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Northampton Historic Preservation Society

Interpreting life in Northampton County, Virginia through the preservation of historical sites and educational programs.

NHPS Video:

The Last Jail on the Northampton Court Green

The Northampton Historic Preservation Society is fundraising to restore the 1907 Jail for use as a museum about all the jails that once stood on the Northampton Historic Court Green and provide a genealogy research information center. This will add a fifth stop to the "self" tour to include: the NHPS Exhibit in the 1899 Courthouse, the 1731 Courthouse, the ca. 1800 Clerk's Office, and the ca. 1814 Debtors Prison. Your help is greatly appreciated!

For a form to use to send a donation by mail, click here: Donation Form

Northampton Historic Preservation Society Awarded $50,000 Challenge Grant

from The Cabell Foundation to Restore Northampton Court Green 1907 Jail

The Northampton Historic Preservation Society (NHPS) is pleased to announce that The Cabell Foundation has awarded a one-to-one $50,000 challenge grant to support the restoration and preservation of the 1907 jail building on the Northampton County Court Green in Eastville, Virginia. The Society plans to use the 1907 Jail as a museum to recognize the history of all the jails that once stood on the historic court green.

This project will complete a five-building combination of exhibits and buildings reflecting Northampton County governance over the past three hundred years. The existing self-guided tour includes an overview of the Northampton Court Green history in an exhibit room of the 1899 Courthouse (now County Administration Building) and exhibits in the 1731 Courthouse, the Old Clerk's Office (ca.1800) and the Debtors Prison (ca.1814). The addition of the 1907 Jail Museum will become the fifth stop on this educational tour.

Northampton Court Green buildings showcase architectural styles from the last three centuries and provide informative exhibits for students, academicians, and other visitors about activities that took place on the historic court green. With the restoration of the 1907 Jail, the Northampton County Historic Court Green is certain to be one of the most intact and restored court greens in the country. In order to receive The Cabell Foundation challenge grant, NHPS must raise $50,000 in cash and pledges.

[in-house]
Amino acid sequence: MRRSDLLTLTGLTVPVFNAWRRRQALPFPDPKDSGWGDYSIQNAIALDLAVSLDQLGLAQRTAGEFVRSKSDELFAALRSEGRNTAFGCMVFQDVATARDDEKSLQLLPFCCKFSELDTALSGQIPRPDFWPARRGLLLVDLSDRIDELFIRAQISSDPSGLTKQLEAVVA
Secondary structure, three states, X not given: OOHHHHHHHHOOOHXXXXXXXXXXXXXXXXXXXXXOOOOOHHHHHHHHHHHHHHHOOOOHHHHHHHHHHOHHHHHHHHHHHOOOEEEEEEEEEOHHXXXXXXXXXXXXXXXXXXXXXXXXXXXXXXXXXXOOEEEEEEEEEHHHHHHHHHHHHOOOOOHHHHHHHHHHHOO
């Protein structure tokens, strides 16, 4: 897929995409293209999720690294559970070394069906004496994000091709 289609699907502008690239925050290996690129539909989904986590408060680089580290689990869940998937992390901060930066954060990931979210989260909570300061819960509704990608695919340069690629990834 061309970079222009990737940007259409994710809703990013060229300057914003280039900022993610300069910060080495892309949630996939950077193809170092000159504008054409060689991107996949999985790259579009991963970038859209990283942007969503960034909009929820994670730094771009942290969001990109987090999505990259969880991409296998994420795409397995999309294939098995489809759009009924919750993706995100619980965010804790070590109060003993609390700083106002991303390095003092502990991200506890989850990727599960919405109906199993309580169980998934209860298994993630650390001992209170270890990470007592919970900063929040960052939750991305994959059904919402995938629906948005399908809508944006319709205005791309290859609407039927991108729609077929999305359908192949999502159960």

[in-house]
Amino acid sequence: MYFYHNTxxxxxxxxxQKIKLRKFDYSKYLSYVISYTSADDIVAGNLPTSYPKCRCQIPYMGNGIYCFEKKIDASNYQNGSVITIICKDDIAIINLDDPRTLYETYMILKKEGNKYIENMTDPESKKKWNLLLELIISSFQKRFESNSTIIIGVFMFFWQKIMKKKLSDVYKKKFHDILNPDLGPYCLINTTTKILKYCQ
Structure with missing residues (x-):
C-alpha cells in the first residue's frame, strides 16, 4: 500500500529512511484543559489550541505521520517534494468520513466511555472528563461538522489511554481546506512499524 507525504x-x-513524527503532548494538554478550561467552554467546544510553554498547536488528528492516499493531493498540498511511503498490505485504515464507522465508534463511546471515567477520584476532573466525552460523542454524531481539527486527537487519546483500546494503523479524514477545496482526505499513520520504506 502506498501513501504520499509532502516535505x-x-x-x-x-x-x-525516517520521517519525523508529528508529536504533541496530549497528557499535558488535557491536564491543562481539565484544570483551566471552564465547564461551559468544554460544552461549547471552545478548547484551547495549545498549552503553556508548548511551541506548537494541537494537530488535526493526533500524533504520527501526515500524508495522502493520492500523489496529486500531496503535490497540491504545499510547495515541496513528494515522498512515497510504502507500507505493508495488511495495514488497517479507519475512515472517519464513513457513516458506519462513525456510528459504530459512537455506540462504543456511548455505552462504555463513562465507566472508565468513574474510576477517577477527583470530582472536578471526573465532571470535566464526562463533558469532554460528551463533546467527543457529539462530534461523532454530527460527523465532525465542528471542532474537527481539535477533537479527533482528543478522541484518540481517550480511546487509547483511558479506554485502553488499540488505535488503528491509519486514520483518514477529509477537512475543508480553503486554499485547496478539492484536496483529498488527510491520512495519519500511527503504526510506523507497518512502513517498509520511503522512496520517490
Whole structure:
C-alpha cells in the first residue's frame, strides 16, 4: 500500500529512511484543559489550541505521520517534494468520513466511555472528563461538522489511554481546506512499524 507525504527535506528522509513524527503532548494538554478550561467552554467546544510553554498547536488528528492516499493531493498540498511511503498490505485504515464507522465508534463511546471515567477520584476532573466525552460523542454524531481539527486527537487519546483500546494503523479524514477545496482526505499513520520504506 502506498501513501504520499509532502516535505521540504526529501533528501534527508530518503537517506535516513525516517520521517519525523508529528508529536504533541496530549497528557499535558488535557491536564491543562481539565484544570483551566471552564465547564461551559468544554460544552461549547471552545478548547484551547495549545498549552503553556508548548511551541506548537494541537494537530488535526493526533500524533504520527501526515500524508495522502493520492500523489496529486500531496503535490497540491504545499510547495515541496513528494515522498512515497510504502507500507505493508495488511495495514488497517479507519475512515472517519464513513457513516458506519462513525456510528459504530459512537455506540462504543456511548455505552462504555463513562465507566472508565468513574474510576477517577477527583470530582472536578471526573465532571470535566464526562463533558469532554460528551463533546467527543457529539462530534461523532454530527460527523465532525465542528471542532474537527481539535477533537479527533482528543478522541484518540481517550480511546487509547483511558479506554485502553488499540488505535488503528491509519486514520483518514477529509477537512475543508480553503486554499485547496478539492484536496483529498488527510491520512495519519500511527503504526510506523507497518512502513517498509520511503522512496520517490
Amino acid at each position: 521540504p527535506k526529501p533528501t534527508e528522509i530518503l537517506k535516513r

The Cabell Foundation challenge grant relies on community involvement through contributions to support preservation efforts! Every gift counts! One-time or monthly donations may be made with the donation button below. Contact Mike Ash at 757-678-0963 or email: [email protected] for more information about the project or to discuss your pledge, contribution, or becoming a sponsor. 

Northampton Historic Preservation Society Receives Grant from Virginia Humanities to Produce Jail Video

The Northampton Historical Preservation Society received a grant to produce and deliver a documentary video to recognize the historical role of the recently demolished 1914 Jail and other Northampton County jails that stood on the Eastville Court Green. The Historical Society is pleased to acknowledge that this video was made possible with the generous support of Virginia Humanities.

The all-volunteer Northampton Historic Preservation Society is continually working to educate the public

about the history of Northampton County, Virginia.

Please consider becoming a member of NHPS or donating to our efforts! 

Premiere of "The Last Jail on the Northampton Court Green" at Cape Charles Palace Theatre

Dr. Carl Lounsbury, Architectural Historian, hosted the July 28th event at the Cape Charles Historic Palace Theatre. The video began in a time when jails were just a holding place for court trials and immediate punishment. In the video, Dr. Lounsbury explained the progression of jail methods of construction, types of prisoners, and the treatment of prisoners.

In the video, Eastville Mayor James Sturgis provided an overview of the economic growth that funded the construction of a cutting edge, early 20th century jail in a rural and isolated Eastern Shore. Transforming attitudes toward incarceration led to better prisoner treatment and healthier conditions. Smaller cells, areas to congregate, and modern utilities were included in the 1914 Jail.

Twentieth century manufacturing techniques improved security. County enforcement officers and leadership provided a tour of the 1914 Jail and discussed how it functioned. The new and improved ideas for the treatment of prisoners introduced in the 1914 Jail served the county for close to 100 years. It was the last jail "built"on the historic Northampton County Court Green.

However, there is still one "last jail" standing on the Eastville Court Green that was built in 1907. The video also features the 1907 Jail as well as the 1914 Jail and the NHPS hopes to restore the 1907 Jail for use as a museum for all the jails that once stood on the historic Northampton Court Green.

To see a ca.1932 salesman's sample of a similar type of system that was used at Alcatraz - CLICK HERE.

1914 Northampton County Jail Locking Mechanism 

The cases were opened before demolition to view the inner locking mechanisms for three cells. The jail had 4 sets of these on two floors. This was "cutting edge" technology for its day. This type of locking mechanism was used about 14 years later at the Indiana jail where John Dillinger escaped and 20 years later at Alcatraz. The last slide at the bottom of the page shows the cell locking controls that would allow for 1, 2 , or 3 cells to open separately or all at one time. Below Mike Ash and Dr. Garrison Brown examine the closing fixtures.

Northampton Historic Preservation Society

P.O. Box 501

Eastville, VA 23347

email: [email protected]